Shah Jinali Pass

May 31 , 2020

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UMAIR HASAN

Shah Jinali Pass

My quest for the remoteness, solitude and less explored wilderness has been taking me to Chitral more frequently lately. It started with a trip to TrichMir basecamp from Shabronz in 2016. The trip raised my interest in the region. The interest made me work on a new route between Golen Gol and Bashkar Gol the following year and we eventually did Shaichiku Pass trek crossing from Golen and ending up in Kumrat. The same quest has taken me to the remote Rich Gol and Yarkhun valleys this year.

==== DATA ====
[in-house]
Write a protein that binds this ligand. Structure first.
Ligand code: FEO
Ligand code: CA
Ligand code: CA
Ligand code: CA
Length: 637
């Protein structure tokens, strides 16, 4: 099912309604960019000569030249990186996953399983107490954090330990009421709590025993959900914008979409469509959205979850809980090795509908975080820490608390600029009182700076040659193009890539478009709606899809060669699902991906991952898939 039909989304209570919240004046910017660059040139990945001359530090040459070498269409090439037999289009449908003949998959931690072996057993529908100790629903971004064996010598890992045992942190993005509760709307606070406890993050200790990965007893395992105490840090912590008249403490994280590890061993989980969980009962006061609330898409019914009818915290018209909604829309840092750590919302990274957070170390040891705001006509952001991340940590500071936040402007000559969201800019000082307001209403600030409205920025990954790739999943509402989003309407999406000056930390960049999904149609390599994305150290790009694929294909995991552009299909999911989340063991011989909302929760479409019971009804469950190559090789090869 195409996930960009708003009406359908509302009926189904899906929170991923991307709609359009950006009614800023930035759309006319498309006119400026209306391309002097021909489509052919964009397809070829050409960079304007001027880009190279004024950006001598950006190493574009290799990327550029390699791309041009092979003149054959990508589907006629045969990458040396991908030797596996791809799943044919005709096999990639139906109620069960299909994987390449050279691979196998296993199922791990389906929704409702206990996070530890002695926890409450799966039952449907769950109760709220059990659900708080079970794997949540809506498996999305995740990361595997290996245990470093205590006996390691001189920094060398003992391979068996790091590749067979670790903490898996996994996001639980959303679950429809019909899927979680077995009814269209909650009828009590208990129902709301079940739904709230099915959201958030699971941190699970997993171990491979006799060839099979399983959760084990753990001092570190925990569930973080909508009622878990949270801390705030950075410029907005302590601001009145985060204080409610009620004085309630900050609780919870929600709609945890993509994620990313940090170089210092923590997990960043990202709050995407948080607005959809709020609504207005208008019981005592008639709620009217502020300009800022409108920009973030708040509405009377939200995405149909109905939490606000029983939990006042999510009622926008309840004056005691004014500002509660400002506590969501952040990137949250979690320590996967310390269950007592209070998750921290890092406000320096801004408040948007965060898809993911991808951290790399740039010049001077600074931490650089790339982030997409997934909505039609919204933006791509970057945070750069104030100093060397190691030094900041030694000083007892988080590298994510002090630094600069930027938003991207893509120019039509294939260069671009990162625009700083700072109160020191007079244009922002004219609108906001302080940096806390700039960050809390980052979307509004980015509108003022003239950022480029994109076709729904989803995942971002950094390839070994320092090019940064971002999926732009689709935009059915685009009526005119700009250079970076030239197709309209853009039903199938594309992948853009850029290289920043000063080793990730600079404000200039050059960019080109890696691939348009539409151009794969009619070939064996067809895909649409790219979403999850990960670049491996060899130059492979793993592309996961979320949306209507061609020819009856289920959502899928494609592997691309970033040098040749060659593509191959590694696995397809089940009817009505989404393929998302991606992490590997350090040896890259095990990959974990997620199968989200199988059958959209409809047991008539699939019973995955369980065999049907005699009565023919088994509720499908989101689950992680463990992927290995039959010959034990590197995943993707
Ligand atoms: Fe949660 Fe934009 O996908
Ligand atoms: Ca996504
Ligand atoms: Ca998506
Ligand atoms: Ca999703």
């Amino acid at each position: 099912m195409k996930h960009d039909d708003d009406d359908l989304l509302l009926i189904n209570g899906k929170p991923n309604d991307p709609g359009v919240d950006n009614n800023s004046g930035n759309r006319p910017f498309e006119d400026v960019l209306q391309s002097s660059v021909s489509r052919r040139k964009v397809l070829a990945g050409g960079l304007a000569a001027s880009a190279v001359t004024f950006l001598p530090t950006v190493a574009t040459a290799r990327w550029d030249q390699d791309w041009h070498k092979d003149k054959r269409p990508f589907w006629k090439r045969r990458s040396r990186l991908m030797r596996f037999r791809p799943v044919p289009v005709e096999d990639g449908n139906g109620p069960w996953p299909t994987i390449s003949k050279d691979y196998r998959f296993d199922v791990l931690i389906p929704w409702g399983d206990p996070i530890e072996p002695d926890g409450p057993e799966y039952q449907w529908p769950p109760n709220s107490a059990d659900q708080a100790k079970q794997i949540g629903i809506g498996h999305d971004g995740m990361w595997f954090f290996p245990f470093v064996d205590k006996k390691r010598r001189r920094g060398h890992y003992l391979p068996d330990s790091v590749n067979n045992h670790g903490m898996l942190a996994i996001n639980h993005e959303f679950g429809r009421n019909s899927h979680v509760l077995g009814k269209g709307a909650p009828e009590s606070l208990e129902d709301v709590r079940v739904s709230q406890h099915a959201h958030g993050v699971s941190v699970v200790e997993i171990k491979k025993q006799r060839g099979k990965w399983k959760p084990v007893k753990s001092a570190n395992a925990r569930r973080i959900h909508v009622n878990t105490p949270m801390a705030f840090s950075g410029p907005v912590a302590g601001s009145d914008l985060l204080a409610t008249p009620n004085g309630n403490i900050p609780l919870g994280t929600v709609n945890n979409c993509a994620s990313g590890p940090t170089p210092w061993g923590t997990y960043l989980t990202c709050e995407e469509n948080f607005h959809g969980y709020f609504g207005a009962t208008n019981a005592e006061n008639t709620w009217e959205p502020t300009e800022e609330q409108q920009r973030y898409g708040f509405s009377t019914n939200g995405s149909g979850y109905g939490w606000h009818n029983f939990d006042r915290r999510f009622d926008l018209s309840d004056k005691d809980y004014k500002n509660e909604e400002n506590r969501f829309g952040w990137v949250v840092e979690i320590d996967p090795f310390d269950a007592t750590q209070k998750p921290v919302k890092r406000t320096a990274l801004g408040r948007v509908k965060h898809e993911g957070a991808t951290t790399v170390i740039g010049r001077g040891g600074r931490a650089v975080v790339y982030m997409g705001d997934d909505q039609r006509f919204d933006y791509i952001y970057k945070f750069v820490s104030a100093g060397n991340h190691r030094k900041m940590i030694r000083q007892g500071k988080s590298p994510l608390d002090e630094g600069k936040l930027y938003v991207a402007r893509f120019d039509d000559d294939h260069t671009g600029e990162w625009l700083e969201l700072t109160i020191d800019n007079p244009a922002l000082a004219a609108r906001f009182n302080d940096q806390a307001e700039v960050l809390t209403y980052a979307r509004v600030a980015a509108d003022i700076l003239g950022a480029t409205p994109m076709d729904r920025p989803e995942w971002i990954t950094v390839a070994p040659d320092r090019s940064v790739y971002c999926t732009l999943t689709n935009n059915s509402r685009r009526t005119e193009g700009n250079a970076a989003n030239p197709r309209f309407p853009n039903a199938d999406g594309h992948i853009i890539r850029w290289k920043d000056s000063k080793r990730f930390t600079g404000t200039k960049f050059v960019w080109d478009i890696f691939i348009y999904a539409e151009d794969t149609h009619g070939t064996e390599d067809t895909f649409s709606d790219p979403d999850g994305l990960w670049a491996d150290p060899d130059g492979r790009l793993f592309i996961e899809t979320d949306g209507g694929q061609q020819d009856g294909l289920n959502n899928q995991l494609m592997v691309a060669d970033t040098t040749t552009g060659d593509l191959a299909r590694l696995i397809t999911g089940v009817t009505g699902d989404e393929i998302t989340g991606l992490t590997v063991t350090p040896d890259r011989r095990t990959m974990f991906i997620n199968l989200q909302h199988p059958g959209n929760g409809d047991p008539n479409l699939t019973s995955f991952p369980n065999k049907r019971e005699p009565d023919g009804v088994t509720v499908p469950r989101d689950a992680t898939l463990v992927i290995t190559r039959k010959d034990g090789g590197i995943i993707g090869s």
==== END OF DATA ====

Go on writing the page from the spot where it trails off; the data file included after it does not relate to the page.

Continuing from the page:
I first heard of Shah Jinali when we did Karomver lake trek back in 2009. This name has remained in my list of to-dos since then. This year’s initial plan was to cross Haramosh Pass that we couldn’t do in 2013 because of extreme bad weather at the base camp. However, as my regular trekking fellows didn’t seem to be available for trek in August, I started looking for some low altitude trekking options (below 5000m) in Chitral, and Shah Jinali came as the first thing in mind. As I had around 10 days in total, I looked for possible options that I can combine with Shah Jinali. After going through the guide books of Isobel Shaw and John Mock, Thui Pass seemed like one good option, and so I locked Shah Jinali combined with Thui Pass as the trek for 2019. The initial plan was to go solo this year enjoying the absolute freedom. However, Babar and Haroon later showed their interest in joining  and so a group of three was formed. We decided to leave on the 2nd day of Eid thus availing Eid vacations as well. Babar is our regular trekking fellow from Mardan. We were counting the other day and together, we have probably done 10 treks or so including some short ones. Haroon was the new joiner and this was his first trek with us. Being Dr. Zia’s nephew is in itself a good introduction to start with, however he has Ghondogoro and Mingliksir to his credit thus making him a good addition for the trek.